It has been described with reference to FIGS. I to 4 how the possibility exists that difficulties can occur when the formation of beak-like edge parts of silicon oxide, for example as denoted by 39 and 40 in FIGS. 2 to 4, is not taken into account. When such effects are taken into account, it is of course also possible to restrict the emitter to a zone which is farther remote from the inset silicon oxide layer 27, the boundaries being accurately fixed by photo-lithographic methods. In that case, the use of inset oxide patterns is always more advantageous than the use of isolation zones which consist entirely of a semiconductor material of opposite conductivity type. For example, as a result of only a partial masking of the thinner parts of the beak-like oxide zones 39 and 40, the base-collector junction near the edge of the base region will be curved less sharply than when using a conventional oxide masking of uniform thickness with sharp window edge as is used in conventional planar methods. However, the use of inset insulation layers can be used to even greater advantage when the formation of beak-like edge zones of silicon oxide can be prevented.
An embodiment of the method according to the present invention will now be explained in greater detail with reference to FIGS. to 11.
Starting material is a semiconductor body which is manufactured in a corresponding manner as was described with reference to FIG. 1. The semiconductor substrate body 101 used is a body of a monocrystalline p-type silicon having a resistivity of 3 ohm-cm. At the area of the isolation zones to be provided for an integrated circuit, highly doped p-type zones 104 and 105 are provided on one side of the semiconductor substrate body 101 by the local diffusion of boron. A suitable donor, for example arsenic, is locally diffused in the surface of the semiconductor-substrate body 101 to form n-type buried layers 103. An epitaxial layer 102 of n-type silicon having a resistivity of L5 ohm-cm. and a thickness of 4 p. is then provided in known manner.
In agreement with the idea underlying the present invention, a thin layer of polycrystalline silicon 80 is provided on the surface of the epitaxial layer 102. The thickness of said polycrystalline layer is approximately 0.l p.. The thickness of said polycrystalline layer is not critical but is generally chosen to be small as compared with the thickness of the inset oxide layers to be manufactured. The layer 80 may be provided in known manner, in the present case from silane in hydrogen at a temperature of approximately 700C, while the epitaxial layer 102 can be deposited in the present case from the same gas mixture at a temperature of approximately lO50C.
A silicon nitride layer 81, for example with a thickness between 0.1 and 0.2 p, is then provided on the polycrystalline layer 80. The provision can be carried out in known manner, for example, from silane and ammonia in hydrogen at approximately lOSOC. The resulting nitride layer will be used for masking the underlying silicon against oxidation upon forming a pattern of silicon oxide layers inset in the silicon by oxidation. For that purpose, apertures should be etched in the silicon nitride at the area of the inset oxide layers to be formed. For that purpose, a silicon oxide layer 82 of approximately the same thickness as the silicon nitride layer 81 is provided in known manner on the silicon nitride layer 81. In said layer 82, apertures 74, 75 and 76 are etched by means of a photo-lithographically provided pattern in a photoresist layer 83. The resulting stage is shown in FIG. 5. The silicon oxide layer 82 now serves as a masking for etching the silicon nitride layer 81. As an etchant is used, for example, in known manner orthophosphoric acid at a temperature of l50l 80C. Apertures 114, 115 and 116 which divide the silicon nitride layer 81 into separate parts 1 10, l 1 1, H2 and 113 are obtained in the silicon nitride layer. The remaining silicon oxide of the layer 82 may be removed, if desirable, for example with hydrofluoric acid.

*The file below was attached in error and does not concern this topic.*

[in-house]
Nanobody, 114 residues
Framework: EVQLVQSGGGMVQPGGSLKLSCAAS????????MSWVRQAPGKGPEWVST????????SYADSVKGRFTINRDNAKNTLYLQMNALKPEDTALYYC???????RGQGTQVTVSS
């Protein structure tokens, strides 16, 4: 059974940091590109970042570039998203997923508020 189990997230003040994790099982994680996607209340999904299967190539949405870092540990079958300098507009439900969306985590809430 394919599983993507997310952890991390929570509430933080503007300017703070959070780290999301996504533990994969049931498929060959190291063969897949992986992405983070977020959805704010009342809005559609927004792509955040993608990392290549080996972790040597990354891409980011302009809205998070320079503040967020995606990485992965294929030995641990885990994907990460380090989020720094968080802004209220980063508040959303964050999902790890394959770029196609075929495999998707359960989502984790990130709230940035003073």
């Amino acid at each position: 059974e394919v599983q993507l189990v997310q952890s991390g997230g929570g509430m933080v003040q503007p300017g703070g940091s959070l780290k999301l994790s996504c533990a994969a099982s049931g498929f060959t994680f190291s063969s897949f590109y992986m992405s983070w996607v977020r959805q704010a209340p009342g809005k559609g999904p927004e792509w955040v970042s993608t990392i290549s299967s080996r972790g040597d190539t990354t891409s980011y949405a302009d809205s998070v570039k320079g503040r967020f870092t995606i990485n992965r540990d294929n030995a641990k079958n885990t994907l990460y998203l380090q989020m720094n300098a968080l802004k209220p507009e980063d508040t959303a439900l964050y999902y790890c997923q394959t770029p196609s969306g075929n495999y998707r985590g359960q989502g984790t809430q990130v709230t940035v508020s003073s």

At the area of the said apertures, grooves 117, 118 and 1 19 are etched at the area of the said apertures, for example down to a depth of l u. The resulting stage is shown in FIG. 6. As a result of this etching treatment, the polycrystalline layer is divided into separate regions 86, 87, 88 and 89 present below the silicon nitride parts 110, 111, 112 and 113, respectively.
The resulting body is then subjected to a known oxidising treatment, for example by heating the body at a temperature of lO00C for 16 hours in nitrogen saturated with water vapor at C. By oxidation from the walls of the grooves 117, 118 and 119, inset oxide layers 126, 127 and 128 are formed, the grooves 117, 118 and 119 being filled and the upper side of the formed oxide layer becoming located approximately level with the epitaxial layer 102. In a corresponding manner as explained with reference to FIG. 2, ridges 129 and 130, 131 and 132, and 133 and 134, respectively, projecting above the remaining upper surface of the inset insulation layers are formed near the edges of the inset oxide layers 126, 127 and 128. During this treatment and possibly during subsequent thermal treatments, the buried p-type zones 104 and extend by diffusion in the epitaxial layer 102 in such manner as to reach the lower side of the formed inset insulation layer 126 and 128, respectively. In a corresponding manner, the ntype buried layer may also extend up to the inset insulation layer 127. The high ohmic n-type material of the epitaxial layer is divided in this manner into regions 121, 122-123 and 124. The n-type regions 122 and 123 are connected together in a readily conducting manner by means of the n-type buried layer 103, underneath, the inset oxide layer 127, and together constitute an island which is laterally isolated from the juxtaposed ntype regions 121 and 124 by isolation zones consisting of the inset oxide layers 126 of insulating silicon oxide and the buried p-type zone 104, and the inset insulation layer 128 of insulating silicon oxide and the buried ptype zone 105, respectively.